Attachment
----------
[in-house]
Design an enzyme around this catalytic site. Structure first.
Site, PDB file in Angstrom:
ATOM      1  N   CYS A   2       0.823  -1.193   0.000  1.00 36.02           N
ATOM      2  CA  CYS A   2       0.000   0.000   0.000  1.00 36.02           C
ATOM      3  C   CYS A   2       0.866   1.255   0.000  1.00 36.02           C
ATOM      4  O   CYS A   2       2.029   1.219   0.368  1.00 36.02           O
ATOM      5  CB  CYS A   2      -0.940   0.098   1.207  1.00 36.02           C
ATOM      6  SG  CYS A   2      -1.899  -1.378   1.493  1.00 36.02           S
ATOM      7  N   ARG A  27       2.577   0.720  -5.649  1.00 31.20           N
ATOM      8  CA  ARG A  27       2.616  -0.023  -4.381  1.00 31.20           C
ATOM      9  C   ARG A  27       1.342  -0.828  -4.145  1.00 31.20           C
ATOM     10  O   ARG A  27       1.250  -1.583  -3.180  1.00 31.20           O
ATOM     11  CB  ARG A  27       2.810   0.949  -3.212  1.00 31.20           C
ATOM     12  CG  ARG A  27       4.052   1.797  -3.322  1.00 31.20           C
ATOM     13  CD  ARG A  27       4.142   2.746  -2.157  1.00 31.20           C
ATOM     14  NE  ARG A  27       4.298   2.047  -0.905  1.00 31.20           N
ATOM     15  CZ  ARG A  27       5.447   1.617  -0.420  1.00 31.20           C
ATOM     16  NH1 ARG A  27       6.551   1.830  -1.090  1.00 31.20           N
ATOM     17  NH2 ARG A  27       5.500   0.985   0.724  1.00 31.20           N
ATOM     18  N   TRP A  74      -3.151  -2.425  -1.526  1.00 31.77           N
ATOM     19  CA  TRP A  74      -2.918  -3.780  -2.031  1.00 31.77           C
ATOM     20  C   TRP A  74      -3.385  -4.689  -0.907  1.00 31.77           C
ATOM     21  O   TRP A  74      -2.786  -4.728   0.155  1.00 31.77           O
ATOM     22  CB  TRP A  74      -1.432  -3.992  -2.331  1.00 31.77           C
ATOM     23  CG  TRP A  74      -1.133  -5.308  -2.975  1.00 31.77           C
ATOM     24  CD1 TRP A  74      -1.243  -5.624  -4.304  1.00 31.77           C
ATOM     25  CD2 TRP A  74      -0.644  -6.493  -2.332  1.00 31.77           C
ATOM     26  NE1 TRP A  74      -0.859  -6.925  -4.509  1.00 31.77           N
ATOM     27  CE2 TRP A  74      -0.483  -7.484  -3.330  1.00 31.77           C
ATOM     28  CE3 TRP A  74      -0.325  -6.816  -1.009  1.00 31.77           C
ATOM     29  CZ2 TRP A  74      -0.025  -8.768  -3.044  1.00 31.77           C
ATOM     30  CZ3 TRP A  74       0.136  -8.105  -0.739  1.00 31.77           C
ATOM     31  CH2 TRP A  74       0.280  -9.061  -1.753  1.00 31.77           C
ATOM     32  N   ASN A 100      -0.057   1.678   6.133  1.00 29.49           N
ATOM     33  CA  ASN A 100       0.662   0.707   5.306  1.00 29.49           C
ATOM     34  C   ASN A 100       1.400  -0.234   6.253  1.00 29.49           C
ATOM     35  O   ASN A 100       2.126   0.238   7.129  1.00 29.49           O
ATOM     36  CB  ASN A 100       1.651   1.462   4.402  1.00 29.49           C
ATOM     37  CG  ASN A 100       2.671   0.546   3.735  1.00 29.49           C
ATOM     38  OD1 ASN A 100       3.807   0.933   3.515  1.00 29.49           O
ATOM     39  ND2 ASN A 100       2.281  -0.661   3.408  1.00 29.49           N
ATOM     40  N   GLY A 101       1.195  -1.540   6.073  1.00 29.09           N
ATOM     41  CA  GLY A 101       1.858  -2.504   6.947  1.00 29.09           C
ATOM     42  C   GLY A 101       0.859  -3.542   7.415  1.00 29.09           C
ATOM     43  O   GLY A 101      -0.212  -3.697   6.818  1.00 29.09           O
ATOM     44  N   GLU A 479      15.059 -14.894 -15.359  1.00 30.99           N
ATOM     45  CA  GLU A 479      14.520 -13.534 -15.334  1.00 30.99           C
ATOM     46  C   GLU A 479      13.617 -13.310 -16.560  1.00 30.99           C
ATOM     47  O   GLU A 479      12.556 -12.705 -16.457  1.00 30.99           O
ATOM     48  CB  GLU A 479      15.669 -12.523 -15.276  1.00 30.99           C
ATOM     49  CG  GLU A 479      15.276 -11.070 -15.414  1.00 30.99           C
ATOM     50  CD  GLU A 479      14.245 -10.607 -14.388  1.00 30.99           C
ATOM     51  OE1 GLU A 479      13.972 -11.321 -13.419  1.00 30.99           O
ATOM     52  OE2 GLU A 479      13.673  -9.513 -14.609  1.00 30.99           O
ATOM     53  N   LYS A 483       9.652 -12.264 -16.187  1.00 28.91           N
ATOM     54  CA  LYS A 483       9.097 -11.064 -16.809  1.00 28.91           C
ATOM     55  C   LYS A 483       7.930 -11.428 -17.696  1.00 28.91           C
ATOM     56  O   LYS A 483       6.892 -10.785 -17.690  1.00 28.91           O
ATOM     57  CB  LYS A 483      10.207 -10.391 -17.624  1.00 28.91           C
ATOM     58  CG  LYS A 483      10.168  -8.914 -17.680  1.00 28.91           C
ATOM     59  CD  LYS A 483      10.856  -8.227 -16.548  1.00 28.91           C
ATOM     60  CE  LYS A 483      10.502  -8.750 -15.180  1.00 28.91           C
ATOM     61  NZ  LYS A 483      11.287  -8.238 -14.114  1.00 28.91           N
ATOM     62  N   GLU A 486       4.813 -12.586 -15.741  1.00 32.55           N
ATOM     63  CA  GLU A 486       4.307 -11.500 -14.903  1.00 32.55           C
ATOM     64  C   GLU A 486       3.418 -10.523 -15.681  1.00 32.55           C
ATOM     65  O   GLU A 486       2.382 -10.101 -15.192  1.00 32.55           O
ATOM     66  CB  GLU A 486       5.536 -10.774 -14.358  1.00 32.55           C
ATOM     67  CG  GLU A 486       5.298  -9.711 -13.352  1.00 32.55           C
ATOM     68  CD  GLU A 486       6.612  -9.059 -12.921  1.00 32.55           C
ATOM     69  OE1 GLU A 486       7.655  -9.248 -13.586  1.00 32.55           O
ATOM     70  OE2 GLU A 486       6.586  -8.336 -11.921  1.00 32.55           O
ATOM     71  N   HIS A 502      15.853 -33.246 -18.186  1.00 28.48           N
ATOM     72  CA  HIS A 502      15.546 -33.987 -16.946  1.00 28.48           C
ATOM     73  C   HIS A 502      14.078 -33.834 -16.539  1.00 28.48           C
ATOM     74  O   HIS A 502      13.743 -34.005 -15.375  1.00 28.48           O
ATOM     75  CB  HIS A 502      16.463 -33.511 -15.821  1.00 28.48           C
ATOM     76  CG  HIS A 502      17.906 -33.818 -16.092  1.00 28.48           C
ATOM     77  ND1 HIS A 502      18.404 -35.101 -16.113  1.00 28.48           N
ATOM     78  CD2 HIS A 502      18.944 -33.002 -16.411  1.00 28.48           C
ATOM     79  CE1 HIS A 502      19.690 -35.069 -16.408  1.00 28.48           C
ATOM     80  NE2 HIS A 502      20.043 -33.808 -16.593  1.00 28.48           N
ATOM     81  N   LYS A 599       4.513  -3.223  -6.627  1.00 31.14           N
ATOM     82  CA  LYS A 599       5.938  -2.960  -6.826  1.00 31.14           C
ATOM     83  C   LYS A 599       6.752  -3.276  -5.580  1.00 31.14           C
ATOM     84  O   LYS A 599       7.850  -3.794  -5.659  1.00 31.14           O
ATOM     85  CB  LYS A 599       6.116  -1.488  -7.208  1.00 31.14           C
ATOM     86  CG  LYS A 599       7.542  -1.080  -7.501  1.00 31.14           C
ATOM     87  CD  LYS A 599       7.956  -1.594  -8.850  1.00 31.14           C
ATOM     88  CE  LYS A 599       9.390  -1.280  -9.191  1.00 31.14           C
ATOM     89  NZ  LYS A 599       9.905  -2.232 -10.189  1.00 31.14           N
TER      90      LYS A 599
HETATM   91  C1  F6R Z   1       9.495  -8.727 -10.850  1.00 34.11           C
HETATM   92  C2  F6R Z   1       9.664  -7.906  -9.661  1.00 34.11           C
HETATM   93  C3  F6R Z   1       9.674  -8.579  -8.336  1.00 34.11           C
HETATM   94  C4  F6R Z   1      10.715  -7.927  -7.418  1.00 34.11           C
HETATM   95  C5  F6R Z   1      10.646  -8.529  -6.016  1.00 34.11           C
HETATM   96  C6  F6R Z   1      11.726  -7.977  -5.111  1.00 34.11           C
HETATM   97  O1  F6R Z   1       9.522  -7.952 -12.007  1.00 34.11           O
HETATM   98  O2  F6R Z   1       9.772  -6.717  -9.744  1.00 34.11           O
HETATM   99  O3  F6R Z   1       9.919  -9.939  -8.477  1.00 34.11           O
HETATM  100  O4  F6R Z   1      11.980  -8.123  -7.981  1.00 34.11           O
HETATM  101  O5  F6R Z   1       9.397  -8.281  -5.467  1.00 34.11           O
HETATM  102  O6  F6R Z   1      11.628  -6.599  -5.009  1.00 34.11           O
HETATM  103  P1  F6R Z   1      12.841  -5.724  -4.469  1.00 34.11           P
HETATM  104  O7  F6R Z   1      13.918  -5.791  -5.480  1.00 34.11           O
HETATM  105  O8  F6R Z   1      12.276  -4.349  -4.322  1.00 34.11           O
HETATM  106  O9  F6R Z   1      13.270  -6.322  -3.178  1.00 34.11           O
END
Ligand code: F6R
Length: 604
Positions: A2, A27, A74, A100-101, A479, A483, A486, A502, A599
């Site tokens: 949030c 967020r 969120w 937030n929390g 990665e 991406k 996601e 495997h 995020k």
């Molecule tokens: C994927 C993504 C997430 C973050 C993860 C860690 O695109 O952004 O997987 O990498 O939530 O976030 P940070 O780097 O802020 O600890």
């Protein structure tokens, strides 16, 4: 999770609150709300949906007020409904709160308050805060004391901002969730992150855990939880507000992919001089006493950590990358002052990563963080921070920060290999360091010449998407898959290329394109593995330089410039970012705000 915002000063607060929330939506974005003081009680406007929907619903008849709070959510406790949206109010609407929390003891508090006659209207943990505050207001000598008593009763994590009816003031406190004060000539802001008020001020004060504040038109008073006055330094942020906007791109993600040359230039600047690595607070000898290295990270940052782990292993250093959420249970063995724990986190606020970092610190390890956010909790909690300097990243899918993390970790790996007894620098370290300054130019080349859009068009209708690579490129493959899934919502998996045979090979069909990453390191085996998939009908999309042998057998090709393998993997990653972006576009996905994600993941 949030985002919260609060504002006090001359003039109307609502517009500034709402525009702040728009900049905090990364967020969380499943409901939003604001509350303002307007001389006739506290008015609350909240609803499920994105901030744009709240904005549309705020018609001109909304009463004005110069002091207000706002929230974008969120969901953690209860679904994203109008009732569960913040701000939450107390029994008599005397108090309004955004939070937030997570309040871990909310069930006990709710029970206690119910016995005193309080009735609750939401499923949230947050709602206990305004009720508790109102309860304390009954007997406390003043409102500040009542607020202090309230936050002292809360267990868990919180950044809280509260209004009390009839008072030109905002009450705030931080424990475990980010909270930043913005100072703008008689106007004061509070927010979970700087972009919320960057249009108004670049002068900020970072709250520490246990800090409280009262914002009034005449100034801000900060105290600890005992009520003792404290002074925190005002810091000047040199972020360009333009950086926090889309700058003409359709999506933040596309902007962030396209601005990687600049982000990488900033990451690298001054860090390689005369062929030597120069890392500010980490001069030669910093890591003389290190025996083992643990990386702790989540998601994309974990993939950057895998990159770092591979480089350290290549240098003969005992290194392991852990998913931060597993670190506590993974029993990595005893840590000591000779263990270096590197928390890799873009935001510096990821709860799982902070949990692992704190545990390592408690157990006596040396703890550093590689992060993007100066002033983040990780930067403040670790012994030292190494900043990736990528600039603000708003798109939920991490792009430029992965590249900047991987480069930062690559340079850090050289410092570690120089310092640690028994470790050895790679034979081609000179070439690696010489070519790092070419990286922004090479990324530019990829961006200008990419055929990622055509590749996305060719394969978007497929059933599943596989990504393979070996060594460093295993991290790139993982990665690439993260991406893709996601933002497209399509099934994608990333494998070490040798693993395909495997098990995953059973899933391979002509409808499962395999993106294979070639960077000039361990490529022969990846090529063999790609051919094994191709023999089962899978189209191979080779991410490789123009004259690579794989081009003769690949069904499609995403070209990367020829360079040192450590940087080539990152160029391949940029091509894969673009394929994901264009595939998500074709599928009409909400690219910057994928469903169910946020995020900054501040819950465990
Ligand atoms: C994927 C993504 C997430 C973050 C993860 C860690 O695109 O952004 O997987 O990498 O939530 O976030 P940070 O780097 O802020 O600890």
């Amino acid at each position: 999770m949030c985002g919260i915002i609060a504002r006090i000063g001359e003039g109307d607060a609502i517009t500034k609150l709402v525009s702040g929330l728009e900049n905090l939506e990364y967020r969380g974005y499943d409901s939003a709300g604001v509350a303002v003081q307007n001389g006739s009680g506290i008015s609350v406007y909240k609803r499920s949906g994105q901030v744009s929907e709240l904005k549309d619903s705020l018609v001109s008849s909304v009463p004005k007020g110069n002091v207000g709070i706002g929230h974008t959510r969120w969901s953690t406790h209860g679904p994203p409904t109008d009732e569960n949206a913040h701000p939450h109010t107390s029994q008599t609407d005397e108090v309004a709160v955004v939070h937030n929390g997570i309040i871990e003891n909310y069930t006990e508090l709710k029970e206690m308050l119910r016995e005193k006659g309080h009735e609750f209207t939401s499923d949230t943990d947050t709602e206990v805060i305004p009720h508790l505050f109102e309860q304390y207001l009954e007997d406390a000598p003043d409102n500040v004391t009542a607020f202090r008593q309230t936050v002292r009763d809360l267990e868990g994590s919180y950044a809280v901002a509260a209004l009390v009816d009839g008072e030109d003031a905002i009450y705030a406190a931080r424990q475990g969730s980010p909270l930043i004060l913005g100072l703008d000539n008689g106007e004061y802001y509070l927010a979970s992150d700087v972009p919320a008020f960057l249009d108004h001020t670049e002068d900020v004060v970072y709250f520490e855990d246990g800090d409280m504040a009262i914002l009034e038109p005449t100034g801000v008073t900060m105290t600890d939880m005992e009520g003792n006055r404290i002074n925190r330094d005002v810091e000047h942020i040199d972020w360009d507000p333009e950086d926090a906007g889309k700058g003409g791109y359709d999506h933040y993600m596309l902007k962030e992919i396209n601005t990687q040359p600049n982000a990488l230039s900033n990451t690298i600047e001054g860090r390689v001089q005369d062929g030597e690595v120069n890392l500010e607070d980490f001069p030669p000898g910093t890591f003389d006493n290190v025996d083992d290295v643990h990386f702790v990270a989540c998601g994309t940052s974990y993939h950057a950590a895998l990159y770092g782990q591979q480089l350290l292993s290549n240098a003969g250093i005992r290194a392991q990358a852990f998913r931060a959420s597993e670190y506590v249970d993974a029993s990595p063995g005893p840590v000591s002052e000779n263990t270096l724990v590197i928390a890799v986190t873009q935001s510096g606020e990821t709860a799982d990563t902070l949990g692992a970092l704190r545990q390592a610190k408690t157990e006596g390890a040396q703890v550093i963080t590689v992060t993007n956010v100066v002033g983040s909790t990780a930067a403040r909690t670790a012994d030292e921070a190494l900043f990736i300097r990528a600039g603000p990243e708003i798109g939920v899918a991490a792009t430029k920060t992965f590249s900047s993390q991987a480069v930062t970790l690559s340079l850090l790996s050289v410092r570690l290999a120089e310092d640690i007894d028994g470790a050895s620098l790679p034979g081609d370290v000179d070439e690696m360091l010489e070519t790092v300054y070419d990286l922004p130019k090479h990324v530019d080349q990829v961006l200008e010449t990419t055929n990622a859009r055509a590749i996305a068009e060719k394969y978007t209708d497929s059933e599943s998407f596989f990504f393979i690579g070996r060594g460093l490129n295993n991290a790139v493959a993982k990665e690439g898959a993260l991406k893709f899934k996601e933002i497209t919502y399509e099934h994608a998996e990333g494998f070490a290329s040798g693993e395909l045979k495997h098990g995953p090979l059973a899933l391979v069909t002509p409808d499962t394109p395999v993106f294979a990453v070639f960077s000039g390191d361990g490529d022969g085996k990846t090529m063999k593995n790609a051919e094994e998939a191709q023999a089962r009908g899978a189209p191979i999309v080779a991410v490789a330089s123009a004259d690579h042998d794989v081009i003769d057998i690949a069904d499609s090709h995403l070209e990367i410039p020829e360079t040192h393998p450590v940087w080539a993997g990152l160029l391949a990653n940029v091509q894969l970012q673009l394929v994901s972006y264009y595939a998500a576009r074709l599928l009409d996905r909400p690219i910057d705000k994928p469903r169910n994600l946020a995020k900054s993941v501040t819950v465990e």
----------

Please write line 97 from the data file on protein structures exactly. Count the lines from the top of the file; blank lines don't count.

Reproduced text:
HETATM   94  C4  F6R Z   1      10.715  -7.927  -7.418  1.00 34.11           C